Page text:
How are you?

No but really… How are you?   

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Sadly it feels as though this question has lost it’s real purpose.

Absent-mindedly I both ask and am asked this question daily yet rarely offer a response more than a yeah ok, you?. That’s as deep as it gets. This autonomous exchange has become a superficial social glue to loosely acquaint individuals without having to offer more than a mere acknowledgement that you and I both exist. It’s the same case with sorry; both words have lost their true value. I attach no criticism but am merely observing that we should be reaching out and listening to each other more genuinely. I know I’m not alone in my guilt; I hear & see it everywhere.

It was the other day I bumped into somebody I hadn’t seen for a while and we exchanged the stereotypical pleasantries. Yep, we were both OK and fine (!), yet I got a feeling that something was off as she had a vacant look in her eyes. Instantly I knew OK she was not. Typically I might have smiled and walked away, she did say she was fine? But instead I probed further to which she completely broke down. Reflecting to her some time after this particular instance she admitted feeling relief at being able to let it out, and admitted to never opening up before out of fears of being perceived a burden. Something that had never entered my mind (!) – and rather I didn’t want to overstep the mark in a somewhat professional capacity. This made me think about how I, well, we all, portray the onus and boundaries with opening up versus reaching out.

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A decade ago the topic of mental health was utterly taboo. An admittance of any form of suffering was frowned upon and asking for help was alien. It is amazing to see society taking steps to reduce the stigma by way of public campaigns, workplace schemes as well as high profile people speaking publicly about their struggles, because with the increase in exposure and dialogue around mental health, the higher the chance the term becomes normalised and the stigma subsides. It affects us all. Let me repeat. It’s not a case of whether people fall into a neatly defined category of being a sufferer or not; wellbeing fluctuates, and life is hard sometimes.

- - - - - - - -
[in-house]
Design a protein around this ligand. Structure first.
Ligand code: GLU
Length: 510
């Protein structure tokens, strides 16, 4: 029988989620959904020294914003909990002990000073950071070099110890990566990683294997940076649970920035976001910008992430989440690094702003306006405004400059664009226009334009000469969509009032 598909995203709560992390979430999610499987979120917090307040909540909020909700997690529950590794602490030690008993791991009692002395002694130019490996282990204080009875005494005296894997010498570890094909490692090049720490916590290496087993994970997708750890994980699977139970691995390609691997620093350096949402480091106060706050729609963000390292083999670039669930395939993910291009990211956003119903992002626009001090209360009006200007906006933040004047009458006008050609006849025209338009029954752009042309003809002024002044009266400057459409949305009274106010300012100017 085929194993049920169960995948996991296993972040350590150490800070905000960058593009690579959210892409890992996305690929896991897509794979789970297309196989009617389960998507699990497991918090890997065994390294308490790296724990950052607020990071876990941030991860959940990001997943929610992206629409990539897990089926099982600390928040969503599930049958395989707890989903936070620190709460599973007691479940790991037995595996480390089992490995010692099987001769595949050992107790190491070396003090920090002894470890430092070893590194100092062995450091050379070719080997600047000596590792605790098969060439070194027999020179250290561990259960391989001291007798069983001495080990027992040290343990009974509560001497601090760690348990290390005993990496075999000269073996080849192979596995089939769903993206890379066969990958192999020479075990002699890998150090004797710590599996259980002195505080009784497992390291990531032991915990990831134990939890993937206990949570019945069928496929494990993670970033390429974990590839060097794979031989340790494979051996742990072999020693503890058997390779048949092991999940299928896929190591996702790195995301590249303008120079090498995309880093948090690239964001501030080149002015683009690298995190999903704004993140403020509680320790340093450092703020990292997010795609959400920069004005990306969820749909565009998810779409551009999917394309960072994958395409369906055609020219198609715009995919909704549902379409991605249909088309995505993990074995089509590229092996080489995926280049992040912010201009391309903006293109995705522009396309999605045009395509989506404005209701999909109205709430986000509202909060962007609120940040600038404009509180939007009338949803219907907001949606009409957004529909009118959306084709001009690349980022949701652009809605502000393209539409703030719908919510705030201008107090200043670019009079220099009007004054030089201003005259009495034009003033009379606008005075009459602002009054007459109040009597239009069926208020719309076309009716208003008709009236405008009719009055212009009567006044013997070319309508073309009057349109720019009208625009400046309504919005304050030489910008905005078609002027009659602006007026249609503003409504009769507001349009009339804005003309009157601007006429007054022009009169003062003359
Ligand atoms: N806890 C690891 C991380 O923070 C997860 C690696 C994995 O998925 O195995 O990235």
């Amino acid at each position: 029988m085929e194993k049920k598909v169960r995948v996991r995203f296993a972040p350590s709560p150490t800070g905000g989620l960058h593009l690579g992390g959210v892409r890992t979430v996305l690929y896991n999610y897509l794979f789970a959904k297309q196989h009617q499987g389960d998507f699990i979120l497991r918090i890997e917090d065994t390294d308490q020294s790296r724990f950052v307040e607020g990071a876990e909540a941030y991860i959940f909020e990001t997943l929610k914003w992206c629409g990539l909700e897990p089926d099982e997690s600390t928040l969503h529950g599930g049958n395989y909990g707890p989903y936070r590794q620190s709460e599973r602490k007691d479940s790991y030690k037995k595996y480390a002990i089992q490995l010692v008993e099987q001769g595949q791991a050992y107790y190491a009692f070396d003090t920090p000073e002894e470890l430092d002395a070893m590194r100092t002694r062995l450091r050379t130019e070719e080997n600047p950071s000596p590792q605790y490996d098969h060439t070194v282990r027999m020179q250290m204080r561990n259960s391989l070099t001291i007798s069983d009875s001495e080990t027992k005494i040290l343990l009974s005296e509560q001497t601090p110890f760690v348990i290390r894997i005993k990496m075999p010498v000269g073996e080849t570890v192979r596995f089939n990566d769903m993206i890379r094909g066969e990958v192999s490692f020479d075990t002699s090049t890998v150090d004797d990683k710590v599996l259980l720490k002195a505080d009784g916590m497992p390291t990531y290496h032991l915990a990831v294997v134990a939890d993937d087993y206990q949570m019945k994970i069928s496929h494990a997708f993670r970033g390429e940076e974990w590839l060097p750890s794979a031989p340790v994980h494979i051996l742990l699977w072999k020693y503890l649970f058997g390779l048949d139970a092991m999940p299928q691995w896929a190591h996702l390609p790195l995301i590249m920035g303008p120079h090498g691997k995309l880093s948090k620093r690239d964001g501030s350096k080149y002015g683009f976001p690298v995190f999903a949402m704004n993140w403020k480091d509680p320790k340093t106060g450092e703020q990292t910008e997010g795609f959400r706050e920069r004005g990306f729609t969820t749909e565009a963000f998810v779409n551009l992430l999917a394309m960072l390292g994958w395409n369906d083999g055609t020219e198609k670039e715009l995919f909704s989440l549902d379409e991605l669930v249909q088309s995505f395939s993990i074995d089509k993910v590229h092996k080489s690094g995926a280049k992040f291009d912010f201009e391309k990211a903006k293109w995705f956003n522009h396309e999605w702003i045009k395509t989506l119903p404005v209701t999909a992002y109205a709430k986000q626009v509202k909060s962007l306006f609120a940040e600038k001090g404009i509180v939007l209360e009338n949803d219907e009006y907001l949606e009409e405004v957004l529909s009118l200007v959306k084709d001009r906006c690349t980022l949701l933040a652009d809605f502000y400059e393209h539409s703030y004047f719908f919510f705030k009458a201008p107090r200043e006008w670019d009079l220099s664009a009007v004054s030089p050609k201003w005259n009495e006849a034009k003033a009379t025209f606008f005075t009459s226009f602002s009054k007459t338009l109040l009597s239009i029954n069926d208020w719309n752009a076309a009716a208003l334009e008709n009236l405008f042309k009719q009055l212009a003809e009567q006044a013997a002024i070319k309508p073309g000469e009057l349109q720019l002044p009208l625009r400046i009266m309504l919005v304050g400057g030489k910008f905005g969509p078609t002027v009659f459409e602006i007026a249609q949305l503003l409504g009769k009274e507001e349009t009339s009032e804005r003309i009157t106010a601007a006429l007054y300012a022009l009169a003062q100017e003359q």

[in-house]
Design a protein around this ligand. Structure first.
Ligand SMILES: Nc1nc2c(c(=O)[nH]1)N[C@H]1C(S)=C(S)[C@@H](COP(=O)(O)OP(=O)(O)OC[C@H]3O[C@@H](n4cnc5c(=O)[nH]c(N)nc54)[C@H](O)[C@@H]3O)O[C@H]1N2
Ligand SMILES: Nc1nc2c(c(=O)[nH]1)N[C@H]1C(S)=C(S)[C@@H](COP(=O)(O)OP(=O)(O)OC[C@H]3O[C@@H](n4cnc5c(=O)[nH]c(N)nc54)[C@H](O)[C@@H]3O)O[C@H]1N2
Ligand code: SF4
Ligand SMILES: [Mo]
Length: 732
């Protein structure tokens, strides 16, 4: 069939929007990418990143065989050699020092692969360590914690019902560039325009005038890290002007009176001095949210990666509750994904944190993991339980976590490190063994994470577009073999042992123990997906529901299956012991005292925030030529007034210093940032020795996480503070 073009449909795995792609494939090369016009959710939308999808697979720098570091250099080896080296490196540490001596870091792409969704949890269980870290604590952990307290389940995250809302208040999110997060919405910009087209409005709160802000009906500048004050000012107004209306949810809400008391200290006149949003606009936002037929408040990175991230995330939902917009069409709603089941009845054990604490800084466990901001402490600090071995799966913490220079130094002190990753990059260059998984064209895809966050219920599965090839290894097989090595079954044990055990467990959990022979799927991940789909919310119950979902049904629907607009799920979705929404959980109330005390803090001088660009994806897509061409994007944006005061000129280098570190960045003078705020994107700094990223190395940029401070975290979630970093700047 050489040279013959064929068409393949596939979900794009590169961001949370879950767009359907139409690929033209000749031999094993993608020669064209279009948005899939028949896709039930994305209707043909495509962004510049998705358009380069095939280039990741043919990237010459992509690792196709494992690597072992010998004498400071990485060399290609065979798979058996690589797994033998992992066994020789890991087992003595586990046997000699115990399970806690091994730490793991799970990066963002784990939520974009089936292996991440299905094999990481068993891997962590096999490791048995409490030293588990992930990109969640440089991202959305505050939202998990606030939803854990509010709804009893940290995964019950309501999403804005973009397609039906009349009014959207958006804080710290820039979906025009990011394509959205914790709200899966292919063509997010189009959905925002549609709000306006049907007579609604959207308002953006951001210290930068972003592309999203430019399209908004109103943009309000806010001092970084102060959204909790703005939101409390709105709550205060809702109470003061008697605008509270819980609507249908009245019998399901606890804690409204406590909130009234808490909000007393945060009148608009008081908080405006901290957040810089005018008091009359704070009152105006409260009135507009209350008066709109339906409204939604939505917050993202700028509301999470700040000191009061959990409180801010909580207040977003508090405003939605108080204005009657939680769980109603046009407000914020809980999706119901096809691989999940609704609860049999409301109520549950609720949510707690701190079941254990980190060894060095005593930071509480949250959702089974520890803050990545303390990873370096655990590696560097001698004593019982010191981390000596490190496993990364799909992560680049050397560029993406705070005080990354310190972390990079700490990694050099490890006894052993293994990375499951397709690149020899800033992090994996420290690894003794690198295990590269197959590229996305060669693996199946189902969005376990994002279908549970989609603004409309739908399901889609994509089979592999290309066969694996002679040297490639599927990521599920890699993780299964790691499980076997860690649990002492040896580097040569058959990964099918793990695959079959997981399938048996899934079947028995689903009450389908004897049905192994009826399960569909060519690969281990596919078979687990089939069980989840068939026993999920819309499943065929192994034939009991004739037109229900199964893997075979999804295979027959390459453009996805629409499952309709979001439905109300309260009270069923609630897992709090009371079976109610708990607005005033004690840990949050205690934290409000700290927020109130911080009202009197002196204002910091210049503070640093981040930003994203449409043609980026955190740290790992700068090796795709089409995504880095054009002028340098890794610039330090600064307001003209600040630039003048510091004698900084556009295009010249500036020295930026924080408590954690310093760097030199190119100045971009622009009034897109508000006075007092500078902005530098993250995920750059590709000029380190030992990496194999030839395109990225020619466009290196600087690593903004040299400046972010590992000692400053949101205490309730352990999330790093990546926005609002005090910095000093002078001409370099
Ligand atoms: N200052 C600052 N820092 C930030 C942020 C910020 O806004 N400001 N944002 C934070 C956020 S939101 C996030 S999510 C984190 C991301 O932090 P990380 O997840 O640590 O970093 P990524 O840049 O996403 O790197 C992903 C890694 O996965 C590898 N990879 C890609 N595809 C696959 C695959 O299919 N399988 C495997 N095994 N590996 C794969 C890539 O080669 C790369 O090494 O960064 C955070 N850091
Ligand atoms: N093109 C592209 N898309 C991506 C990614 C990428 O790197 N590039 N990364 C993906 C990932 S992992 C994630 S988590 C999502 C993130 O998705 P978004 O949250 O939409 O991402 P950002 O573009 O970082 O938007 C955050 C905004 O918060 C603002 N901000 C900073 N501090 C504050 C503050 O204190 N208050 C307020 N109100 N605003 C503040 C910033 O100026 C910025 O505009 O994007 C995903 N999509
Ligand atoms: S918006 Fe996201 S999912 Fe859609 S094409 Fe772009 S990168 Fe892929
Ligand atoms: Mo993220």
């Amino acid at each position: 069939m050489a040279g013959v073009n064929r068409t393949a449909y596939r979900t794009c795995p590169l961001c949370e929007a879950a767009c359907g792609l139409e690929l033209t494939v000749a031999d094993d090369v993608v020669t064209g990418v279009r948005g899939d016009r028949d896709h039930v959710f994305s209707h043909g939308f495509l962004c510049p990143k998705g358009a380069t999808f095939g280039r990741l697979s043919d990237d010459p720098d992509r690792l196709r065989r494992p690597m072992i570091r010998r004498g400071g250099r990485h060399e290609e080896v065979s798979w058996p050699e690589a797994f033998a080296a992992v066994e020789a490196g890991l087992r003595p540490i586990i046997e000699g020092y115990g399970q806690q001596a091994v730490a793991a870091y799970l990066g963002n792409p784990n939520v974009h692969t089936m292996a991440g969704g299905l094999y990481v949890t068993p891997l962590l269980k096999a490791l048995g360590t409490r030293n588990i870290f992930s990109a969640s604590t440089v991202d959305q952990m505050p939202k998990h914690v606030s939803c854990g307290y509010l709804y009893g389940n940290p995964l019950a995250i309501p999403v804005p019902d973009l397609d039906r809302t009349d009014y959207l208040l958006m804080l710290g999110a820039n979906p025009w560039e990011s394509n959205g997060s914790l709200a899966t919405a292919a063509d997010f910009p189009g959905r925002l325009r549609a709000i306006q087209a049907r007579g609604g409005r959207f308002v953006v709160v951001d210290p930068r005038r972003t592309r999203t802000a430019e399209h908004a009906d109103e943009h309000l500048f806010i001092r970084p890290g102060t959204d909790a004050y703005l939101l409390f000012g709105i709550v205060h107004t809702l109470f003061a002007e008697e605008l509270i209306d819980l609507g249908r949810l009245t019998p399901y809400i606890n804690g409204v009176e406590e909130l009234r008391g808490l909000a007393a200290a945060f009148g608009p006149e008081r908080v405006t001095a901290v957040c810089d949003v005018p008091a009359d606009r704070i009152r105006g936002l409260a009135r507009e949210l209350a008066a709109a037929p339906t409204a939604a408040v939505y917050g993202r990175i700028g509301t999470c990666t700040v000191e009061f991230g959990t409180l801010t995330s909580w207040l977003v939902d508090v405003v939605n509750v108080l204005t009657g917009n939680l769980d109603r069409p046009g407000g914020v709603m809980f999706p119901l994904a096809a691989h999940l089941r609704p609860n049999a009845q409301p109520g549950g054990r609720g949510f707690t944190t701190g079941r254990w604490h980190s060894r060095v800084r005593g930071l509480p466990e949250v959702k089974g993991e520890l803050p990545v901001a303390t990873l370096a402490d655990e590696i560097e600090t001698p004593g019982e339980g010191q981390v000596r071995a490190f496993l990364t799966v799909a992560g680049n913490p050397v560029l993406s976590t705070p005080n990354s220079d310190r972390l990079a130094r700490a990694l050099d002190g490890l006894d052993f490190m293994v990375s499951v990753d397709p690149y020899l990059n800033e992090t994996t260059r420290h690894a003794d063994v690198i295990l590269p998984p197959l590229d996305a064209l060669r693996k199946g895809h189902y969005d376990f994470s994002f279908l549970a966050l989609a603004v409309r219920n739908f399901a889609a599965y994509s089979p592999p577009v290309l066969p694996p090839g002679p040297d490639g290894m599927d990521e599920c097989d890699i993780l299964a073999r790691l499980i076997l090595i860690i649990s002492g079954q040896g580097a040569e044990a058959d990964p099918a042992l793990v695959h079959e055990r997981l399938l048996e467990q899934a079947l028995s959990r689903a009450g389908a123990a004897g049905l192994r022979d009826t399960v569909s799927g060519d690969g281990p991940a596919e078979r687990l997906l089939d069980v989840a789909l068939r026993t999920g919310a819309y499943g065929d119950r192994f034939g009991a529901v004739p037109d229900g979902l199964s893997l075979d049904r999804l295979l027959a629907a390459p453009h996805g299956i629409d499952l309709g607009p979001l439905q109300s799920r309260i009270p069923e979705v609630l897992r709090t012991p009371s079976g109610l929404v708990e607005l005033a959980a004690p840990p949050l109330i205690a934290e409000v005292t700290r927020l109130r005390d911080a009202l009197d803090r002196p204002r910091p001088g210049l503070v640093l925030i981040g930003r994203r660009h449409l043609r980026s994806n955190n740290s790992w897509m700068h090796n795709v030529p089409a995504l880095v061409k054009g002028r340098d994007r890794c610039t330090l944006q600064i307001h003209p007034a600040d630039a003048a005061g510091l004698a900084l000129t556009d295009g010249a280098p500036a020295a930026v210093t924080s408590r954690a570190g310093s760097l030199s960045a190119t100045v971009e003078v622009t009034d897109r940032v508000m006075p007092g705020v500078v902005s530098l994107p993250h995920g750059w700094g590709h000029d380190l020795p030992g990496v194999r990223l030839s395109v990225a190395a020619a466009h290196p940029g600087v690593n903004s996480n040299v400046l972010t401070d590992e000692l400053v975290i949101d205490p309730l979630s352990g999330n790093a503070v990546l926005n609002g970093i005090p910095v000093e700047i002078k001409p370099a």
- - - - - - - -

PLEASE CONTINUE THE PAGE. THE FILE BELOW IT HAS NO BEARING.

Society’s once rigid mindsets are segueing into being much more liberal and open. I wish we could bulldoze the barriers and obliterate the stigma entirely but I think that will only come in time. It’s all a process, I often have to remind myself.

Reaching out is incredibly valuable and please be reassured that broaching the topic of mental health is not ill placed or inappropriate. A simple How are you doing? How are things going right now?  with meaning is powerful. As long as you probe for a deeper response…  I am glad I did with my friend because it allowed her time and space to simply talk and offload and to feel truly listened to. 

In the same vein it’s also powerful to open up by being honest and transparent about your own feelings and emotions, because sharing your story helps others to normalise theirs. It empowers people to see that others have got through tough times and they aren’t the first to experience pain. At times when I’ve grappled with my own wellbeing I’ve felt incredibly grateful to the people who have listened to me in those moments.

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I wanted to urge you to ask somebody how they are with an intent of truly listening, and do not hesitate to reach out if you think somebody is struggling because if they are feeling under the weight of the world then they sure as hell will feel unworthy of your time. Often we attempt to try to fix the problem so to speak when all that is needed was a compassionate ear and a platform for offloading. Be that sounding board. Trust me, you cannot nor should you even try to solve problems.

Offer somebody a kind knowledge that you care and will hold their hand through the storm; because nobody should have to weather the storm alone.

❤ Remember that the storm always passes. ❤ 

Thanks for reading x

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8 thoughts on “How are you?

  1. Enjoyed reading your post. I’ve been saying much the same thing for years and it has caused me to be honest about greeting and answering people. Not to the point, I tell them how I really feel, but I don’t say fine if I’m not.

    Liked by 1 person

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